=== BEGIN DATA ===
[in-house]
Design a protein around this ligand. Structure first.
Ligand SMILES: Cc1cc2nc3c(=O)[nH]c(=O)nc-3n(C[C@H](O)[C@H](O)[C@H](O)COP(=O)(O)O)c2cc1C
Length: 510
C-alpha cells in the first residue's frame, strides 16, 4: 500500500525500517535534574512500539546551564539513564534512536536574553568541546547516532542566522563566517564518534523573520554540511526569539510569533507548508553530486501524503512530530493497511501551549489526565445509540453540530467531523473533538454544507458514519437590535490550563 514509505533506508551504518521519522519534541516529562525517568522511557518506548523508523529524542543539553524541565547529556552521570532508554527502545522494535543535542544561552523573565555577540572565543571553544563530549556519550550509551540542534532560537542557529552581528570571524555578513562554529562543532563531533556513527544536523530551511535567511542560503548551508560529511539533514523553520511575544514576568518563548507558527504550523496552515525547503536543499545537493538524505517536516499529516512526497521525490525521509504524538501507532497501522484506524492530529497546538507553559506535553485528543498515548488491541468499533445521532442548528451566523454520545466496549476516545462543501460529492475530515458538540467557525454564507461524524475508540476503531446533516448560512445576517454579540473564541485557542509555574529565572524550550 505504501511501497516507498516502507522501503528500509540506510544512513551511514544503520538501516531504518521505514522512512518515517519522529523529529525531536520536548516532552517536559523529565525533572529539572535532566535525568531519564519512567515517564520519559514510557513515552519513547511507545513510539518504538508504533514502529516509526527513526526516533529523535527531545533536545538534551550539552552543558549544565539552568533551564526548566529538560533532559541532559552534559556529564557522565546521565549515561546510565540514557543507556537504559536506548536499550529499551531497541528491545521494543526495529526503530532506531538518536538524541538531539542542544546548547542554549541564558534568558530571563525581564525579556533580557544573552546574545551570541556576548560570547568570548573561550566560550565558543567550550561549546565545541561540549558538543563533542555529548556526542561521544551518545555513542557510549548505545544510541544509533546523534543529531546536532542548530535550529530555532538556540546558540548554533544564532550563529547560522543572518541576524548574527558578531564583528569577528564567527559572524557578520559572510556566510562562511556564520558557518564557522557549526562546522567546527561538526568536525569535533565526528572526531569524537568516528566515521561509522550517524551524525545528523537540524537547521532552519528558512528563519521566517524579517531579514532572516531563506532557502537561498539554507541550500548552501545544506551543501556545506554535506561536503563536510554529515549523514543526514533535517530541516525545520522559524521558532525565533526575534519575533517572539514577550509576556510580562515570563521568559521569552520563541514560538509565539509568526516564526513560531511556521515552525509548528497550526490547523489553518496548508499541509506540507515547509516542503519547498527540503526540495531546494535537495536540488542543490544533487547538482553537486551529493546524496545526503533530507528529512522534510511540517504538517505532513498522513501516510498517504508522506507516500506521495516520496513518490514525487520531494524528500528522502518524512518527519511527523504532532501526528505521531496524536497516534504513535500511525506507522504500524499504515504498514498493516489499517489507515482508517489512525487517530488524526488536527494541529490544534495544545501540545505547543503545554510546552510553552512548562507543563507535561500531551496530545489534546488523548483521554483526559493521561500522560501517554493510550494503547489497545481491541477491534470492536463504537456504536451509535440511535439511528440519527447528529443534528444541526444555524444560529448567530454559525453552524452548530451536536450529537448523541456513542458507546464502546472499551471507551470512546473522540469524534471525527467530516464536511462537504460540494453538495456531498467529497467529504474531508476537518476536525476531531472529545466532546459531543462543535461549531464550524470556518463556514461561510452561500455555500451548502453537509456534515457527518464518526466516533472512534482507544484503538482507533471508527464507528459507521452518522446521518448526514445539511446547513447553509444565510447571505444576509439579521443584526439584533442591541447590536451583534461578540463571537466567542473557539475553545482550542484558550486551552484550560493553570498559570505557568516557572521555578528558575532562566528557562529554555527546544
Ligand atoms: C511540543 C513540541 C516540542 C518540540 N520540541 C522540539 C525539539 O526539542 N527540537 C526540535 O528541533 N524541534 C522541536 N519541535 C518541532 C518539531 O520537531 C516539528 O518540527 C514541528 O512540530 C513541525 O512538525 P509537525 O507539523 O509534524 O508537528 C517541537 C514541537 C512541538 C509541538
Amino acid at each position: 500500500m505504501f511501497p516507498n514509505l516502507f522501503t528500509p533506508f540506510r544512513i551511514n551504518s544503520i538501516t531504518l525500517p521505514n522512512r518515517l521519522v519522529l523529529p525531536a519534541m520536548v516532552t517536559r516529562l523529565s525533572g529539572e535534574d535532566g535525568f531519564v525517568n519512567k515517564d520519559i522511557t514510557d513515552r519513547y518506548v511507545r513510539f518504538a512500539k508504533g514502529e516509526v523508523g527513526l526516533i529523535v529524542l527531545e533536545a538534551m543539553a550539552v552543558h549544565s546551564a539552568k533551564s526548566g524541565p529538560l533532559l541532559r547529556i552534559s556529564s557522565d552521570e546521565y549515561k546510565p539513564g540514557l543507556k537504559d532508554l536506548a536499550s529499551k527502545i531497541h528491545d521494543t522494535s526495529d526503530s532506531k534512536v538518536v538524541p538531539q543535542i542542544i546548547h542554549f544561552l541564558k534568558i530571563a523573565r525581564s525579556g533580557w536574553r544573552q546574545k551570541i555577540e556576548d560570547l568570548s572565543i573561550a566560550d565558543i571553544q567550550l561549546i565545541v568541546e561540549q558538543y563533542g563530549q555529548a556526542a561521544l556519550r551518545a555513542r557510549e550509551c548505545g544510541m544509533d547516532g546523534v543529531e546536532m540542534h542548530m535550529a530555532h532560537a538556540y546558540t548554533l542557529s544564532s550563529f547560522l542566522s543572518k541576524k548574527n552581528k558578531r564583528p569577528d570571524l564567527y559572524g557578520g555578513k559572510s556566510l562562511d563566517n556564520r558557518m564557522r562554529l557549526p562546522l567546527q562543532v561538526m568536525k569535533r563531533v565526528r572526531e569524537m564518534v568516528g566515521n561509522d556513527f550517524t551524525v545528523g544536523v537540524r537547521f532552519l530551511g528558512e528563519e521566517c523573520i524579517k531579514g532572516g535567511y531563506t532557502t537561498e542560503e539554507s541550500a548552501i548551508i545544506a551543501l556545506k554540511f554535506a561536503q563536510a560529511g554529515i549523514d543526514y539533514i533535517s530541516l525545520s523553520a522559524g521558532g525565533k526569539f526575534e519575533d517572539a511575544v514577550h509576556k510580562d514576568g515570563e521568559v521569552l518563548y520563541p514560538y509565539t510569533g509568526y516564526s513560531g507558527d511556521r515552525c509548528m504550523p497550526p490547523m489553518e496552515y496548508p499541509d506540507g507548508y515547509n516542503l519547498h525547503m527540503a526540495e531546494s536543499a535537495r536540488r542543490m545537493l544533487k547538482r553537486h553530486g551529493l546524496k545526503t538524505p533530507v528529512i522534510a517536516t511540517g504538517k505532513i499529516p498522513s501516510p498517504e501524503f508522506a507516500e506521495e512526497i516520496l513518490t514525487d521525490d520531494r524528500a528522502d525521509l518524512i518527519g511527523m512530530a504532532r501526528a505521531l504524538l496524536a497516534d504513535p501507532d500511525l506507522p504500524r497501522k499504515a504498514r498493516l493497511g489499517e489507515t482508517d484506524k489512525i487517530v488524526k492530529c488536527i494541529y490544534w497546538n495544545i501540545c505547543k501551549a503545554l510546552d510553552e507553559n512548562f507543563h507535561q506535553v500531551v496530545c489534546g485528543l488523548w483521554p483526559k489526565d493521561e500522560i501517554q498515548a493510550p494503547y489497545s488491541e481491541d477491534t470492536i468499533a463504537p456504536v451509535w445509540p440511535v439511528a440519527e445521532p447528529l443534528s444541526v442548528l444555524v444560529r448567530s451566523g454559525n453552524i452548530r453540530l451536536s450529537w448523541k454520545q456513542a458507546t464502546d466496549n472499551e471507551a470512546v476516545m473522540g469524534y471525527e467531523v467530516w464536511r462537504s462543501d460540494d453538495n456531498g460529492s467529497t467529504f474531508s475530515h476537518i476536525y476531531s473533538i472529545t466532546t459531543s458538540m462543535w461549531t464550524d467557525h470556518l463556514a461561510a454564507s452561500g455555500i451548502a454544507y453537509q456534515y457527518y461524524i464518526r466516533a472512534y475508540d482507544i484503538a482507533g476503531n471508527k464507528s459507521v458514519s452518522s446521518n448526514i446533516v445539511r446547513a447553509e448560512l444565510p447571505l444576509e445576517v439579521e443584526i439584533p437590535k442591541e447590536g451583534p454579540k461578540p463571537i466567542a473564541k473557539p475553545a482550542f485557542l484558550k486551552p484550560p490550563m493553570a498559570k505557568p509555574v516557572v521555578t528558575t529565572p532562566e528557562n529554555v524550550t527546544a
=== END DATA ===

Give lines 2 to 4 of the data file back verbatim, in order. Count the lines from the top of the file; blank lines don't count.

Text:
Design a protein around this ligand. Structure first.
Ligand SMILES: Cc1cc2nc3c(=O)[nH]c(=O)nc-3n(C[C@H](O)[C@H](O)[C@H](O)COP(=O)(O)O)c2cc1C
Length: 510